"Fly" was recorded in New York City and was produced by Todd Clark.
MUSICInsideU says that "Fly is about the battle between who people think he is and tie him down to, and who he really is. "These people never notice me. Am I the only one who thinks it's hard." Phillip breaks other people's categories of him, mixing rock guitar solos with his typical acoustic sound. His almost-country style voice also blends with darker rock lyrics in the new single Fly." He added "The meaning of Phillip Phillips' Fly is about who he is - applied to you, it's about who you are. Outside, there's "the busy street... these people never notice me." I don't fit in, says Phillip, "it's hard to say what's on my mind." The questions are "give up? How should I survive?" A part feels like just giving in and blending into the "two thousand faces" of the crowd. The deeper part of Phillip rebels against just being like everyone else. "Think your fight is over? It's only so much closer." Phillip won't give up breaking out of the walls of this "cruel maze" of a nameless society: "I reach my hands to the sky... and fly!""
A fly on clothing is a covering over an opening concealing the mechanism, such as a zip, velcro, or buttons, used to close the opening. The term is most frequently applied to a short opening over the groin in trousers, shorts, and other garments, which makes them easier to put on or take off and allows men and boys to urinate without lowering the garment. The term is also used of overcoats, where a design of the same shape is used to hide a row of buttons. This style is common on a wide range of coats, from single-breasted Chesterfields to covert coats.
Trousers have varied historically in whether or not they have flies. Originally, trousers did not have flies or other openings, being pulled down for sanitary functions. The use of a codpiece, a separate covering attached to the trousers, became popular in 16th-century Europe, eventually evolving into an attached fall-front (or broad fall). The fly-front (split fall) emerged later. The panelled front returned as a sporting option, such as in riding breeches, but is now hardly used, flies being by far the most common fastening. Most flies now use a zip, though button flies continue in use.
Reykjavík (Icelandic pronunciation:[ˈreiːcaˌviːk], English /ˈreɪkjəˌvik/; RAYK-yə-veek) is the capital and largest city of Iceland. It has a latitude of 64°08' N, making it the world's northernmost capital of a sovereign state and a popular tourist destination. It is located in southwestern Iceland, on the southern shore of the Faxaflói Bay. With a population of around 120,000 (and over 200,000 in the Capital Region), it is the heart of Iceland's cultural, economic and governmental activity.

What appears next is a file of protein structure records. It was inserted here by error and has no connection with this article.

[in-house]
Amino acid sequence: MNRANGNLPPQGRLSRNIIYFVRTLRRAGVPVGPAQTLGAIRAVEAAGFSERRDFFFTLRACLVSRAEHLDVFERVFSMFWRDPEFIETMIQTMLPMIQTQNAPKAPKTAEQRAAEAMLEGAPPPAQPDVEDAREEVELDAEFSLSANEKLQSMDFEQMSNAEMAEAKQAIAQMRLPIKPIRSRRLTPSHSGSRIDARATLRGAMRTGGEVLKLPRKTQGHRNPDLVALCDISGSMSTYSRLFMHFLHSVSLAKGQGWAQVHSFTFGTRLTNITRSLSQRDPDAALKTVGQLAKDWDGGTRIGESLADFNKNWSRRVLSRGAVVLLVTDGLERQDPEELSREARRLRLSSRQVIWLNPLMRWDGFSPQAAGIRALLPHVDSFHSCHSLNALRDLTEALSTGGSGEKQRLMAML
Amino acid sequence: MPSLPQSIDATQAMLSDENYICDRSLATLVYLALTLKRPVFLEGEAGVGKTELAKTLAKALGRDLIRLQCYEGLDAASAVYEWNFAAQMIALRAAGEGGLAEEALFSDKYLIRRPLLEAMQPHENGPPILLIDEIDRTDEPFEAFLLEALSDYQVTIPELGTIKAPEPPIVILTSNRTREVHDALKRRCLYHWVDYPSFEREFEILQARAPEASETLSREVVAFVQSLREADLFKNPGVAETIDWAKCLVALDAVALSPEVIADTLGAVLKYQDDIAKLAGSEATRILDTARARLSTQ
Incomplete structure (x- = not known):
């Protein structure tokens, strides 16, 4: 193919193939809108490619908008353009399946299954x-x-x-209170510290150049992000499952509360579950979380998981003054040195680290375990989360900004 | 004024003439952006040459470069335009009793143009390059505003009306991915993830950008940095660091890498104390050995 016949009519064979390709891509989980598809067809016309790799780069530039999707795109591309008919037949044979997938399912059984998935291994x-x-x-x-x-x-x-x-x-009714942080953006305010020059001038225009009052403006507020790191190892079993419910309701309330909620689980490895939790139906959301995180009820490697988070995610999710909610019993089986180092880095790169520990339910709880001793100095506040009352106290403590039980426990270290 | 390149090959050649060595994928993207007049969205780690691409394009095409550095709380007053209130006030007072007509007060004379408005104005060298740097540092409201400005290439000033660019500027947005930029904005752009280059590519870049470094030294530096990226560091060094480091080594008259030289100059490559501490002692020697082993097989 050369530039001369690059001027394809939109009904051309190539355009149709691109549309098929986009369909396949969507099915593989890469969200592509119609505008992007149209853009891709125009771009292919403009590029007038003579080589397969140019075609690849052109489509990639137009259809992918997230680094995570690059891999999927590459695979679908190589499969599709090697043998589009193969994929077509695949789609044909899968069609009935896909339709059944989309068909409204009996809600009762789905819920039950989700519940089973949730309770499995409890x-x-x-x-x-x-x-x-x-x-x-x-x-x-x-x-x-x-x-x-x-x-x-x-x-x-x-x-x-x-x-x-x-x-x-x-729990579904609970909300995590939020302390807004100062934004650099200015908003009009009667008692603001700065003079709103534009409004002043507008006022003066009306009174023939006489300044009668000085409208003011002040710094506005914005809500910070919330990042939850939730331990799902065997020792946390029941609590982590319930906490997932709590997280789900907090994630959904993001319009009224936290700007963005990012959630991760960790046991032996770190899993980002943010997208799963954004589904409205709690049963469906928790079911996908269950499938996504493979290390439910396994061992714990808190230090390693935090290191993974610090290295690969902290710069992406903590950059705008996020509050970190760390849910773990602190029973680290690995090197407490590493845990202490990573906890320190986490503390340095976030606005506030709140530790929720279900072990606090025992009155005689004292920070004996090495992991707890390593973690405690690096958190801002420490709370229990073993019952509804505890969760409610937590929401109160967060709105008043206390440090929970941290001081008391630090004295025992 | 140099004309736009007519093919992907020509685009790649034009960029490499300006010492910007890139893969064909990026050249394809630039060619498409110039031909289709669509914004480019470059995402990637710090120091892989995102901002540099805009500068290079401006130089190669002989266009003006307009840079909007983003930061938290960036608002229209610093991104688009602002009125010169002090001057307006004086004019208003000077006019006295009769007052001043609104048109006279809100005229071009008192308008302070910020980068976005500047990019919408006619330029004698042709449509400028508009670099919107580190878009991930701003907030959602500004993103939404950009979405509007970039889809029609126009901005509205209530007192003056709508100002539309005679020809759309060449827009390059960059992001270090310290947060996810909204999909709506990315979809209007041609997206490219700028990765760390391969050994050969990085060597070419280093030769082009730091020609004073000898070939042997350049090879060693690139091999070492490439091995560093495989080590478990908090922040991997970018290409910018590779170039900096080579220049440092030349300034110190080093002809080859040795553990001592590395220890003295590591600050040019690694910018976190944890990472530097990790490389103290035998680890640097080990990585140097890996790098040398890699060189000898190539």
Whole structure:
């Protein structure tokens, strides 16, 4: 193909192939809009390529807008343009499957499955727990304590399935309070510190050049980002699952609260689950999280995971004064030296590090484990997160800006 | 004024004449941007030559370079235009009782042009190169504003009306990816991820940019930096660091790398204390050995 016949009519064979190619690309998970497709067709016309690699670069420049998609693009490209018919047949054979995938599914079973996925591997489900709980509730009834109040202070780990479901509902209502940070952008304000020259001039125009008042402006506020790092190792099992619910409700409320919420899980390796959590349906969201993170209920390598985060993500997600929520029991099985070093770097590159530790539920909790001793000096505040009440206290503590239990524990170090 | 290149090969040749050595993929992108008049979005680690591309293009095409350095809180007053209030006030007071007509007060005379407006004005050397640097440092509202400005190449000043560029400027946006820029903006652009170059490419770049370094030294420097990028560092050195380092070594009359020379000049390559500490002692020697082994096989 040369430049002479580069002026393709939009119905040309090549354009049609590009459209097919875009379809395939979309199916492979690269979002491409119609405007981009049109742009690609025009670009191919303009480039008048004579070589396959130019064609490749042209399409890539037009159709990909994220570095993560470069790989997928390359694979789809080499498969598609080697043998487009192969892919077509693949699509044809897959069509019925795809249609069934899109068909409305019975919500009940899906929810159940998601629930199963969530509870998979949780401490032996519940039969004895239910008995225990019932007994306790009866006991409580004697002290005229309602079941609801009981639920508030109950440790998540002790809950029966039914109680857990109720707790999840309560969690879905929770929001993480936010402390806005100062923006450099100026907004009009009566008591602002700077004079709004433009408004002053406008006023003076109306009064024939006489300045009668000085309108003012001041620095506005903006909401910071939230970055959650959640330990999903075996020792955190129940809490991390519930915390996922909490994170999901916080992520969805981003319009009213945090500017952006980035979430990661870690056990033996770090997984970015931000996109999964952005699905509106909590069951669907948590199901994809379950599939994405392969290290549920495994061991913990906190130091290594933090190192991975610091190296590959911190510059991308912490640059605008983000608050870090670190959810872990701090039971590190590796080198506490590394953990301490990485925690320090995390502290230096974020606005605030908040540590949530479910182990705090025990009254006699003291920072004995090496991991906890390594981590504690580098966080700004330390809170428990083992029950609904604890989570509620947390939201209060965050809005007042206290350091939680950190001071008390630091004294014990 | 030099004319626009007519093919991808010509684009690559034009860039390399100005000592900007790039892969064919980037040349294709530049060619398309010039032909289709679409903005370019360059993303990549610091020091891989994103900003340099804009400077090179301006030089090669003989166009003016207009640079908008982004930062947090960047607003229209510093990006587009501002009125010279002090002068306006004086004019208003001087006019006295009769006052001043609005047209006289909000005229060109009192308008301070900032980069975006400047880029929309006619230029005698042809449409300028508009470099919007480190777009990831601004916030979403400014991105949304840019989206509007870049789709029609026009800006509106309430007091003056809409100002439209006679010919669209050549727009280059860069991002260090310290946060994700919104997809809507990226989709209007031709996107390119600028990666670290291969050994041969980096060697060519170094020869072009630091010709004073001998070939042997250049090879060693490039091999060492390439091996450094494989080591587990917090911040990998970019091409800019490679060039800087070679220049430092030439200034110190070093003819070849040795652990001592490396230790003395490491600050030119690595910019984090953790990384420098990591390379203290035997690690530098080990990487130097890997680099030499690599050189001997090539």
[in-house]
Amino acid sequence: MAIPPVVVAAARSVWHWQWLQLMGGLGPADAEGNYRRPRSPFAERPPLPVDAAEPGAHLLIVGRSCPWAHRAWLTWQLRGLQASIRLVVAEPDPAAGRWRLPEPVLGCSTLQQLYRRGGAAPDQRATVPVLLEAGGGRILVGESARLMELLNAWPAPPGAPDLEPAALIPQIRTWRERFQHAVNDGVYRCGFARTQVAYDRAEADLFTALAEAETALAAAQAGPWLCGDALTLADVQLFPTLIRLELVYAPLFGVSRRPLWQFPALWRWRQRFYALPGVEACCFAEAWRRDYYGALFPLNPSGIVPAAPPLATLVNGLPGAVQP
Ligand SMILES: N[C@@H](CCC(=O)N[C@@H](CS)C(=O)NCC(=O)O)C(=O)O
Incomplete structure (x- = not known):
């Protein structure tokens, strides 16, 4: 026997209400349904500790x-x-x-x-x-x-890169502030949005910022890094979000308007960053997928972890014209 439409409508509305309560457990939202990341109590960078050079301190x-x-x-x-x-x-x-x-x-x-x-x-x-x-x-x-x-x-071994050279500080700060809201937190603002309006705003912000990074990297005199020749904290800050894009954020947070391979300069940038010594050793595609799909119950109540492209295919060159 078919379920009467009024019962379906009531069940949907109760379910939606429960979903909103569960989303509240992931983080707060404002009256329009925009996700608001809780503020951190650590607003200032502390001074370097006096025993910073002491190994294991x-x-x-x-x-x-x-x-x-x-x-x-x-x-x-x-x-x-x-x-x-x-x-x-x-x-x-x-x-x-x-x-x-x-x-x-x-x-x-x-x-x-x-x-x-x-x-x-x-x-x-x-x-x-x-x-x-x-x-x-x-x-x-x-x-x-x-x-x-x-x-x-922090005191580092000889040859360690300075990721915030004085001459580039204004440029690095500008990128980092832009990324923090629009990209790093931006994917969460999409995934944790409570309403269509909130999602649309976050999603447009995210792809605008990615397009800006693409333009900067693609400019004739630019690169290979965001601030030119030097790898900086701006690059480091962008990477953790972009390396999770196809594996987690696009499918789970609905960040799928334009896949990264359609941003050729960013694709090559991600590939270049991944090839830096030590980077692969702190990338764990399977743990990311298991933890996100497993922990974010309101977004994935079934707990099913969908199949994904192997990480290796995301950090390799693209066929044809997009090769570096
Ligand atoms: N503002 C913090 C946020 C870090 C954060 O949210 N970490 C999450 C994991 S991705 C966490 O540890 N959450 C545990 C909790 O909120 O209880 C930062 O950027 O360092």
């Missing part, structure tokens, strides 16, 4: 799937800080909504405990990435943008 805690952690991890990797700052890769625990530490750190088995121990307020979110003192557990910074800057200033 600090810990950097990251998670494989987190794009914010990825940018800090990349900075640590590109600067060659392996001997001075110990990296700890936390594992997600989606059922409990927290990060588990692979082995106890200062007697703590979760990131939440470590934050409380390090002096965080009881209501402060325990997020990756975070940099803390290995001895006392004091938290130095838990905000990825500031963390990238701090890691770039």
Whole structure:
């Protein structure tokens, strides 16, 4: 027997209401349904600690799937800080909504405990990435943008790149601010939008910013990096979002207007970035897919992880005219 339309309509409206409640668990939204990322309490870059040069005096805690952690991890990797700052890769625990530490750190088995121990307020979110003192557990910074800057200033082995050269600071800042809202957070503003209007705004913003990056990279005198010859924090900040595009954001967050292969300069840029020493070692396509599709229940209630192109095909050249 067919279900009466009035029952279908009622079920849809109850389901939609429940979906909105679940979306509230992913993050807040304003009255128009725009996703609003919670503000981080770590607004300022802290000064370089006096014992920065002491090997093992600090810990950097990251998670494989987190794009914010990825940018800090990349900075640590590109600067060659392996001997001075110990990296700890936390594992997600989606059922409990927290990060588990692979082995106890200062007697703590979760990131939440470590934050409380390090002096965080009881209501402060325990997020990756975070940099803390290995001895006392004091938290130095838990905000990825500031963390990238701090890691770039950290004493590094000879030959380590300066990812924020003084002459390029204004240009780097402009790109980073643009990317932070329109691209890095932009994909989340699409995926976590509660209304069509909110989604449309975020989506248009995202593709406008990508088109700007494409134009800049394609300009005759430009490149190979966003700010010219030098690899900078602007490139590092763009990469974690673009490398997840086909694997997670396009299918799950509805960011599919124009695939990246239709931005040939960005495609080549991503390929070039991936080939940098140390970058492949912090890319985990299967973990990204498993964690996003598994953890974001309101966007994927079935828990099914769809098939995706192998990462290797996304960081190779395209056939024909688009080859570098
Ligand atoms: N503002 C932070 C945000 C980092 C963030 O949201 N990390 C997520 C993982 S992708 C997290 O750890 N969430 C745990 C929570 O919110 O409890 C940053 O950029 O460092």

Reykjavík is believed to be the location of the first permanent settlement in Iceland, which Ingólfur Arnarson is said to have established in AD 874. Until the 18th century, there was no urban development in the city location. The city was founded in 1786 as an official trading town and grew steadily over the next decades, as it transformed into a regional and later national center of commerce, population, and governmental activities. It is among the cleanest, greenest, and safest cities in the world.
101 Reykjavík (pronunciation) is a 1996 novel by Hallgrímur Helgason which found international fame in 2000 when made into a film. Both are set in Reykjavík, Iceland. The film was directed by Baltasar Kormákur and stars Victoria Abril and Hilmir Snær Guðnason. The title is taken from the postal code for down-town Reykjavík, "the old city". The film won nine B-class film awards and received ten nominations most notably winning the Discovery Film Award at the Toronto International Film Festival.
Plot of the film
Geek Hlynur is approaching the grand old age of 30, he still lives with his mother who is divorced from his alcoholic father, downloads cyberporn and wanders around Reykjavík half-heartedly searching for a job while spending lots of time in Kaffibarinn, the central Reykjavík bar (the bar is owned in real life by writer/director Baltasar Kormákur and his soundtrack composer Damon Albarn, a long-standing Icelandophile). The cramped, dark and oddly furnished house in which Hlynur and his mother live features a bath which transfigures into a sofa as Hlynur steps naked out of it, in the middle of the lounge with his mother watching.
Reykjavík 871±2 is an exhibition on the settlement of Reykjavík, Iceland, created by the Reykjavik City Museum (Árbæjarsafn). The exhibition is based on the archaeological excavation of the ruin of one of the first houses in Iceland and findings from other excavations in the city centre. The exhibition is located in 101 Reykjavík, on Aðalstræti 16, on the corner of Aðalstræti and Suðurgata.
The focus of the exhibition is the remains of a hall from the Settlement Age which was excavated in 2001. The hall was inhabited from c. 930–1000. North of the hall are two pieces of turf, remnants of a wall which was clearly built before 871±2, hence the name of the exhibition. Such precise data dating is possible because a major volcanic eruption from the Torfajökull area spread tephra across the region and this can be dated via glacial ice in Greenland. The hall is among the oldest human-made structures so far found in Iceland. Also on display are objects from the Viking Age found in central Reykjavík and the island of Viðey.